A majority of Taiwanese between the ages of 18 and 24 are experiencing "postponed adulthood" compared with their counterparts in other parts of the world and a lack of self-regulation should be blamed for the delay, academics said yesterday after surveying Taiwanese youths' aspirations and outlooks on life.
According to a survey CommonWealth magazine conducted among 2,804 college and high school students last month, 53 percent of respondents believed a person should become independent between the ages of 20 and 24. However, over one-third of them said they did not foresee being independent until age 25.
More than 67 percent of the respondents said lack of self-regulation prevented them from being independent.
"The numbers tell us the most of the youths know what their problem is, but they are not motivated enough to be independent because they have been sheltered by their parents," said Lee Hsueh-li (李雪莉), the survey's leading author.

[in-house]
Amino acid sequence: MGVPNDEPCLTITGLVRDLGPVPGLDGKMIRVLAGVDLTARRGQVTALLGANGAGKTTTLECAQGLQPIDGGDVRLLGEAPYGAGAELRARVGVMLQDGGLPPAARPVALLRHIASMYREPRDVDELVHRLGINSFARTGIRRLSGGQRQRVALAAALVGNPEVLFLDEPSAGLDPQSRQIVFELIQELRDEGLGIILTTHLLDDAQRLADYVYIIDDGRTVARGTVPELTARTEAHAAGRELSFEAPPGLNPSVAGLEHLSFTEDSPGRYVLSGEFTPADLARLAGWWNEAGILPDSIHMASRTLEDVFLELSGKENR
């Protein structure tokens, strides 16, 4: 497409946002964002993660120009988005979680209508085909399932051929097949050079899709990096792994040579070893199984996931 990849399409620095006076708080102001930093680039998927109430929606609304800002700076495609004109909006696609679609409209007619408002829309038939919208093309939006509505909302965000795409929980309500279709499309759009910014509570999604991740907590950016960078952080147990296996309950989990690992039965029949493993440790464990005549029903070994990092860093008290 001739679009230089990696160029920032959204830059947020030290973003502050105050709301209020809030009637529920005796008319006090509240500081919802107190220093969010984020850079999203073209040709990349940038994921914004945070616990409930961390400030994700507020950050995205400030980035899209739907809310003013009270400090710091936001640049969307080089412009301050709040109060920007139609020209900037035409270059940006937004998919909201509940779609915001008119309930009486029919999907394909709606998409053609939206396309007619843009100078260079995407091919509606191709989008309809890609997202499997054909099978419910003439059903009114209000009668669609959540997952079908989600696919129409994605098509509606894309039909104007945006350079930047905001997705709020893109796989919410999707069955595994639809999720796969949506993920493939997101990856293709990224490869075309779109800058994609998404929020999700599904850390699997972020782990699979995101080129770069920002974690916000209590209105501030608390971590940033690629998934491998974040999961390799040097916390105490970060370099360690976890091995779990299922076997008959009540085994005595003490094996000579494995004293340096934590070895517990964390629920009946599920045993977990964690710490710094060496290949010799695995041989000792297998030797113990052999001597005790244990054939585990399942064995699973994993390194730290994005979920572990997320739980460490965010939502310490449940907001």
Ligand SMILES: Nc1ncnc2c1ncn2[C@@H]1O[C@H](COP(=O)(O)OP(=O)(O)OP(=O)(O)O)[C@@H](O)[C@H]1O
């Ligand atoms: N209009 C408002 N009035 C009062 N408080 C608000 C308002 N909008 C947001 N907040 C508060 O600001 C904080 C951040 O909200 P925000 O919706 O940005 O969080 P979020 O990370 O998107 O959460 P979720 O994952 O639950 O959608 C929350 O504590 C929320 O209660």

Lee said most Taiwanese parents think they are running a "democratic" family, but the reality is that they are constantly interfering with their children's decision making process by imposing their opinions on them.
Parental overprotection, she added, is breeding a generation of people who lack independent critical thinking skills.
Associate professor Jimmy Wu (
"When you are rendering services to others, you are also discovering your own strengths and weaknesses. You learn to overcome your fears and learn to view things from a broader perspective," Wu said.
Wu also encouraged parents to trust their children and relax the reins on them. Parents and teachers should build a stage for the youths to perform without dictating their every move, he said.
National Youth Commission Chairwoman Cheng Li-chun (